Last August, a few of us travelled by car,  to the Western side of Fraser Island, with our kayaks on top. Camping at Awinya Creek. On the second day out, some of us paddled about a km  out..dead flat water, without any whales around. Oh well, maybe one may turn up!!  Sitting out there for a little while, with nothing happening, when out of the corner of my eye, under my kayak, the water went suddenly dark. An almighty bang occurred!!! Next…I apparently was knocked out..came to..boat upside down, blood coming out of my leg..all I could think of was “sharks”!! Luckily, Di, Lou & Jim  were fairly close by!! I yelled out to Jim, to help me turn the kayak the right way up. He then told me, the whale had smashed the deck 3 times, while I was out to it, unaware as to what had happened!!! Damaged the deck in a couple of places. Thankful I had a decent life jacket on, which kept me floating with my head up!!  Anyway..a happy ending, even though,  I never saw  the whale.

Cheers Albert

My first paddle ever was on the upper Brisbane river, at the ripe old age of 50. Thanks to a cycling friend, and the loan of a touring tk,  (which supposedly fell off the back of a truck), I started my paddling adventures.

My first kayak was a small seakayak. I knew nothing about seakayaking or the bay. Just wanted a boat with hatches so I could go camping. I still have this little boat and paddle it from time to time.I must stress, at this point, I knew alsolutely nothing about paddling. My friend kept pressuring me to join her on her paddles with the ‘Rosco Group’. They were quite an adventurous group. Some of whom paddled the Qld. coastline and other exotic places.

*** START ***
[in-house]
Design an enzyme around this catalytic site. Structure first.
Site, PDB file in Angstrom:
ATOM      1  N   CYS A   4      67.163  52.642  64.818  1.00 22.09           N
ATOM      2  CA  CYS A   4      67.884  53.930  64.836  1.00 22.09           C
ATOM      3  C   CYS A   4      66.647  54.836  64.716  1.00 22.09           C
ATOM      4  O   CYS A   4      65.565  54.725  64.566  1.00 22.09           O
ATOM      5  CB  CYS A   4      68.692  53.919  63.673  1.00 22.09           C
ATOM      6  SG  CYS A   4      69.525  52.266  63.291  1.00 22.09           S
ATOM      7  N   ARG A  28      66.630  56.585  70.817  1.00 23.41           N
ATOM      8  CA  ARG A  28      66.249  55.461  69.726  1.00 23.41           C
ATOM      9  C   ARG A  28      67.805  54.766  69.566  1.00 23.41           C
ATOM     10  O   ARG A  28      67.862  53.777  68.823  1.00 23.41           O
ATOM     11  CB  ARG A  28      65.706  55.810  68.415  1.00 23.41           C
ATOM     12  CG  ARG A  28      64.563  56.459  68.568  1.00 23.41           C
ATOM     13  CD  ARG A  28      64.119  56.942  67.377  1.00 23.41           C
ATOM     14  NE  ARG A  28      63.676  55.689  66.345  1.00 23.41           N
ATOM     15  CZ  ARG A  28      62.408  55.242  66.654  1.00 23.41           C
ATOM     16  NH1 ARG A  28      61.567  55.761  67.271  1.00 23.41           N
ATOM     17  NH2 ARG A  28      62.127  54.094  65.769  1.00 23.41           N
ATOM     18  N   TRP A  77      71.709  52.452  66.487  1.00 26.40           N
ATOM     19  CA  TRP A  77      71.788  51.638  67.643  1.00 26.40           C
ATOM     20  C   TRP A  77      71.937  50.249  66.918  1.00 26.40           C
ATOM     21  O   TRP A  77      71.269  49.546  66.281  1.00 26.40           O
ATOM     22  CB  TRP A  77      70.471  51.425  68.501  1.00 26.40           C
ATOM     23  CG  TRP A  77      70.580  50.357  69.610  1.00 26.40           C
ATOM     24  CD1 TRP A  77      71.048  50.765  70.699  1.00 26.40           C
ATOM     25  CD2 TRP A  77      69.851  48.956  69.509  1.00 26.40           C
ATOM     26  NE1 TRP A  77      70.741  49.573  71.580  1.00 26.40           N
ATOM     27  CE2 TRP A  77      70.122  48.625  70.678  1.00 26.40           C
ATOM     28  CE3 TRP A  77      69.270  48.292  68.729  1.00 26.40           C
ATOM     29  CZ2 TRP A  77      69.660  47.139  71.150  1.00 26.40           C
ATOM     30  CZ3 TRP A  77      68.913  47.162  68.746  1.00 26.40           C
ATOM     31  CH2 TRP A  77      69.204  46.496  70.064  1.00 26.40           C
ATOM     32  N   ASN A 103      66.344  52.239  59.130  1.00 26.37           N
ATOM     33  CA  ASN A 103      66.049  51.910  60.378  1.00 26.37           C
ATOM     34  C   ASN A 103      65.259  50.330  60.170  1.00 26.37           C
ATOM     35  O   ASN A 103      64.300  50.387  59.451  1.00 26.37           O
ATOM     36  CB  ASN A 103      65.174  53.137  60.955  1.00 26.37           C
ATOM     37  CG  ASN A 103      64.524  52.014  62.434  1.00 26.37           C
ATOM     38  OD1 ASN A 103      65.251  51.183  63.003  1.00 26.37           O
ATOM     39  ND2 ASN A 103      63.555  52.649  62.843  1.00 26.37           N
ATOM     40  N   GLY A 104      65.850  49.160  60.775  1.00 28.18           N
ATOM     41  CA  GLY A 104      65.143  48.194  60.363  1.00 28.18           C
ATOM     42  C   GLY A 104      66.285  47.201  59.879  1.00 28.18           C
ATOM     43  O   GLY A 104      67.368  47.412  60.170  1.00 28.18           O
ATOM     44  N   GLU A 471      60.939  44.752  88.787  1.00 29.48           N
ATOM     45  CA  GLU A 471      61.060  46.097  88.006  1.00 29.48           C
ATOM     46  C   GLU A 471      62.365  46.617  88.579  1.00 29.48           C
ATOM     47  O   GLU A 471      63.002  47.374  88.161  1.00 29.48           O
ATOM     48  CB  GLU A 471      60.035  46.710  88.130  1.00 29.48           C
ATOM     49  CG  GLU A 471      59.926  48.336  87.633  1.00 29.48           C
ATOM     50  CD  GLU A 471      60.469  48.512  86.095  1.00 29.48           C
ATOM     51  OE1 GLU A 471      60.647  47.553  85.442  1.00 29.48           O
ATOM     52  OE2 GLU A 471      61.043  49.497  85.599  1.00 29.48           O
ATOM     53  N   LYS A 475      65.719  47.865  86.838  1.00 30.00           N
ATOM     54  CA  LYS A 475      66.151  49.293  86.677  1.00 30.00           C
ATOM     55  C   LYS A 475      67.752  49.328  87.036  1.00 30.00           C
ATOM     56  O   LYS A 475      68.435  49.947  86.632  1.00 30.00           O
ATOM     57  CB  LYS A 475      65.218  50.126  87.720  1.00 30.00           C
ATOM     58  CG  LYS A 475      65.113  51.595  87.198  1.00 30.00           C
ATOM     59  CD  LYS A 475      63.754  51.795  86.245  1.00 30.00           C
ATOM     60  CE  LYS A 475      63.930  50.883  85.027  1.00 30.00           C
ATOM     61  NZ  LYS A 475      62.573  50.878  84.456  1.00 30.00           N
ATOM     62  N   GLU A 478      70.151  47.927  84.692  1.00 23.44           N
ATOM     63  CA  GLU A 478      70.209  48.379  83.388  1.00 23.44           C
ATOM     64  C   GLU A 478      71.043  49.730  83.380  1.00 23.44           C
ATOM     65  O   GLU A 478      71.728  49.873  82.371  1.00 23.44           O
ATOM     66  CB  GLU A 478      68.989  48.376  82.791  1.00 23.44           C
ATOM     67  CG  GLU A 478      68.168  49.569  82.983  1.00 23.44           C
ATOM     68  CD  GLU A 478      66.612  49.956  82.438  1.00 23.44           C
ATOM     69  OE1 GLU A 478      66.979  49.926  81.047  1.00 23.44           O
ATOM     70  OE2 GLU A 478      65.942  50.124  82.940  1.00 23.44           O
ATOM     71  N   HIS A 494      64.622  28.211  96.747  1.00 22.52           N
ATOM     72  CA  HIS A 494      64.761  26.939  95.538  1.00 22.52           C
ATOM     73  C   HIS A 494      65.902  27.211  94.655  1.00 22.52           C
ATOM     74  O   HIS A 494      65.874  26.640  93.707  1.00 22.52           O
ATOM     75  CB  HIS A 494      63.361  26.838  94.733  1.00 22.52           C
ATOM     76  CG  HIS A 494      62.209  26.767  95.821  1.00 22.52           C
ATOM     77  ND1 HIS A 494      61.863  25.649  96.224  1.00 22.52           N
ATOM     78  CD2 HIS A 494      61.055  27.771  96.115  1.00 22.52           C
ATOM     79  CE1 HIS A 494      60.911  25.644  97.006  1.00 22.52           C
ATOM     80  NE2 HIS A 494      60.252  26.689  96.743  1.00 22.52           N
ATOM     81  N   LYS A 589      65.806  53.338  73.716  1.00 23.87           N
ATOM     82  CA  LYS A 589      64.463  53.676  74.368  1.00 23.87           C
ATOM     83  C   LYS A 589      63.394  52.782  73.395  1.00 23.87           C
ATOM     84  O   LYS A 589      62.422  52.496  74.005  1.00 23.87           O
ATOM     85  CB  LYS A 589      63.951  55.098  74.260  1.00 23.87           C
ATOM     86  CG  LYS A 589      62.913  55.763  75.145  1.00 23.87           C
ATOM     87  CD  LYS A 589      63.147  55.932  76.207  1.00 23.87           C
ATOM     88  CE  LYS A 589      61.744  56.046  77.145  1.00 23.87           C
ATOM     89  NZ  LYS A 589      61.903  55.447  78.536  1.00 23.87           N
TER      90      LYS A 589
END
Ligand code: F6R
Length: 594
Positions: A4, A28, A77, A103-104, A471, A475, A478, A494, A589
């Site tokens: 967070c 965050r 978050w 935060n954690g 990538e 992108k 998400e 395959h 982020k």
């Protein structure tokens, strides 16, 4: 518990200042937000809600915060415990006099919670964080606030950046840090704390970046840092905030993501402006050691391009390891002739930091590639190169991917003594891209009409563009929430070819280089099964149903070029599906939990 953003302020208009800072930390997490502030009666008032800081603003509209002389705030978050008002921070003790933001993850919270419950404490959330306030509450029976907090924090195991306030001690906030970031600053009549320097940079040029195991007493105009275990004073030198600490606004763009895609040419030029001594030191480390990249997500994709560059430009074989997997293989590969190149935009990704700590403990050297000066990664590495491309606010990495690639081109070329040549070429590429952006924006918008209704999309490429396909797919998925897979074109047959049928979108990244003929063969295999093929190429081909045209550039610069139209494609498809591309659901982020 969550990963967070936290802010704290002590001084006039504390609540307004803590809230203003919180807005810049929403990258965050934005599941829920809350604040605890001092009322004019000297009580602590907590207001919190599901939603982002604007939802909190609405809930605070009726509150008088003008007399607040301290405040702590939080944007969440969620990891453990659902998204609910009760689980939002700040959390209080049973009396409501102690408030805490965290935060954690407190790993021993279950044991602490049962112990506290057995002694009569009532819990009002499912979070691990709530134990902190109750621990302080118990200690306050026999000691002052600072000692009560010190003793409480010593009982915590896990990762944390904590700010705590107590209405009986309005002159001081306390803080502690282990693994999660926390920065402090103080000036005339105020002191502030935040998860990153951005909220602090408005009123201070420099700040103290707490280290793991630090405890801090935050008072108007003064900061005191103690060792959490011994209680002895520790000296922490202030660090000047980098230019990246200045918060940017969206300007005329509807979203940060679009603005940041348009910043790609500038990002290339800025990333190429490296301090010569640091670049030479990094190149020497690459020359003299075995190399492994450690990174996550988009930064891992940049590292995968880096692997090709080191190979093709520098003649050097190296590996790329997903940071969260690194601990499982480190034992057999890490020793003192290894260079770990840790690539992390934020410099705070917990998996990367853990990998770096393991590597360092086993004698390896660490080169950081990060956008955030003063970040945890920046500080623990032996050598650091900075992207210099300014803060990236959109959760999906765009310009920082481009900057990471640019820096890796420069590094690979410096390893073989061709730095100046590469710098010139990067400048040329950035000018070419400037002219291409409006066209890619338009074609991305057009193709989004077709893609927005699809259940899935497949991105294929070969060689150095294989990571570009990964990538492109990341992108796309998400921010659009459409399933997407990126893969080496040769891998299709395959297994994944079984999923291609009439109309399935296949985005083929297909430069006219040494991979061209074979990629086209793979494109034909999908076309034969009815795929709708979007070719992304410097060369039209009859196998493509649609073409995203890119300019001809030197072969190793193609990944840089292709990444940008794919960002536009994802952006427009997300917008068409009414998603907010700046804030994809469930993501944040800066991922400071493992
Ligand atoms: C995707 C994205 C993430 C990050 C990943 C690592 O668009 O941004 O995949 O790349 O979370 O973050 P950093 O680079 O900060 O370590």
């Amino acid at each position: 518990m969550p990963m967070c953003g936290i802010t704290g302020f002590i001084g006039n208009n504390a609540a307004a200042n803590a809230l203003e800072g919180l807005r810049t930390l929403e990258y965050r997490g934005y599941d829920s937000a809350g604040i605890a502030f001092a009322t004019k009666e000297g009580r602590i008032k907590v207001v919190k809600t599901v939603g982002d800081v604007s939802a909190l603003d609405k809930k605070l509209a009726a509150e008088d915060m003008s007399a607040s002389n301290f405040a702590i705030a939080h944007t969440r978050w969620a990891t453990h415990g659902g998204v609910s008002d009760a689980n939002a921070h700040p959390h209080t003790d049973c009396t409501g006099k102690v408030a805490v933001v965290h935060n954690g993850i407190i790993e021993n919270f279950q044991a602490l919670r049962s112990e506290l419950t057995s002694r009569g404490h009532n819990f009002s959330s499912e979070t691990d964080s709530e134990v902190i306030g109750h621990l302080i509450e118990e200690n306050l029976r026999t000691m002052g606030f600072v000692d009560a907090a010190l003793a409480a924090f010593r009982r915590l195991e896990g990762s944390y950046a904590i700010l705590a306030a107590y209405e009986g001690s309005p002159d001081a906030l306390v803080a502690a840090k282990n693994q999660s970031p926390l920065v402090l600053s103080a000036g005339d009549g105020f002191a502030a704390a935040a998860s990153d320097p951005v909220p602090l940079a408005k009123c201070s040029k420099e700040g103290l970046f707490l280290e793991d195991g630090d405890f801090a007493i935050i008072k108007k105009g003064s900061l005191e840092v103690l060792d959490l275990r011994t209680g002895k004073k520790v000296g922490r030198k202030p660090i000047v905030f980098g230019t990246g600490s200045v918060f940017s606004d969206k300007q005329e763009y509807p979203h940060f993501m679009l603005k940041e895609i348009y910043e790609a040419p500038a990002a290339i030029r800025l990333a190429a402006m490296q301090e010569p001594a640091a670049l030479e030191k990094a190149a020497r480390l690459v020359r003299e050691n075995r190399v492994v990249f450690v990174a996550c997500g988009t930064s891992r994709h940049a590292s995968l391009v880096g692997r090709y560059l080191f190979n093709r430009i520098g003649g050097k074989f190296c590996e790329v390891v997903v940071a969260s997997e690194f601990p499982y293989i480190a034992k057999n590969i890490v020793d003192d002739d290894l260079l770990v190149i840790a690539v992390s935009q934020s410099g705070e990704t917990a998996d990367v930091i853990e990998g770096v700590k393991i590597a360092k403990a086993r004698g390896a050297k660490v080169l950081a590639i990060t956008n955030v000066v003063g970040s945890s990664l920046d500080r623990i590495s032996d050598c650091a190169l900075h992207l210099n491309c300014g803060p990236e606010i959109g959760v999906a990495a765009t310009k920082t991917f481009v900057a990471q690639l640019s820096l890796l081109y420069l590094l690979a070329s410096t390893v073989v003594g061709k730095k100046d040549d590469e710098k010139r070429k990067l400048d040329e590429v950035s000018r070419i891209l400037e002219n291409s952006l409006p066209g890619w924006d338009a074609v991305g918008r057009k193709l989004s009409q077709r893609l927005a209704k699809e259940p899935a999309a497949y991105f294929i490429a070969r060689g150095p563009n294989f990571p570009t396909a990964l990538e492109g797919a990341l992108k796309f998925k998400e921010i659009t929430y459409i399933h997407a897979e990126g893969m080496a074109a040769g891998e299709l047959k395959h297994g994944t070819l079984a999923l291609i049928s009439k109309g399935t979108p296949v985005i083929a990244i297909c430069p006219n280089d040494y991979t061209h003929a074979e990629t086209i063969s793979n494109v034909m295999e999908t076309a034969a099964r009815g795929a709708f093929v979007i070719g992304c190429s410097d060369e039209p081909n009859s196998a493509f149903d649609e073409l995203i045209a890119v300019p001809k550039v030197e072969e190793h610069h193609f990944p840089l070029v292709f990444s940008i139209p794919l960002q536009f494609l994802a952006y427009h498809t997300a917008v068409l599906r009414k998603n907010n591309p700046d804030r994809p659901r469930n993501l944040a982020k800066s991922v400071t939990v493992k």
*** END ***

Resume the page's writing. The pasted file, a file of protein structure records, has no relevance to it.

Ross Cook put on training days as well. 
I was finally talked into joining the group.
One paddle on the bay and I fell in LOVE with seakayaking.

This incident happened just recently on the 12th March on a club paddle. There were only eight brave souls paddling due to the early rain and heavy clouds. We had launched at Caloundra, heading for Roys Rd.Some further showers fell… then as I paddled on quietly, lost in my thoughts, I was suddenly hit by something from beneath which lifted my kayak completely from the water! I struggled to remain upright and can’t recall what I yelled out. I had no time to react before I crashed back into the water thankfully still upright. Jim Lewis was closest to me and witnessed the incident but told me he could not see any creature as there was such a huge splash of water. We came to the conclusion that it must have been a dugong feeding on the sea grass and suddenly realised I was directly over him and objected to the threat above by reacting in the only way he knew. I can’t believe that I stayed upright…I think it was more by good luck than any skill on my part. Hmmmm…could it have been a bull shark?

JAN – “Hey ol’fella, I need a new Sun Deck for my Mirage Kayak, please?”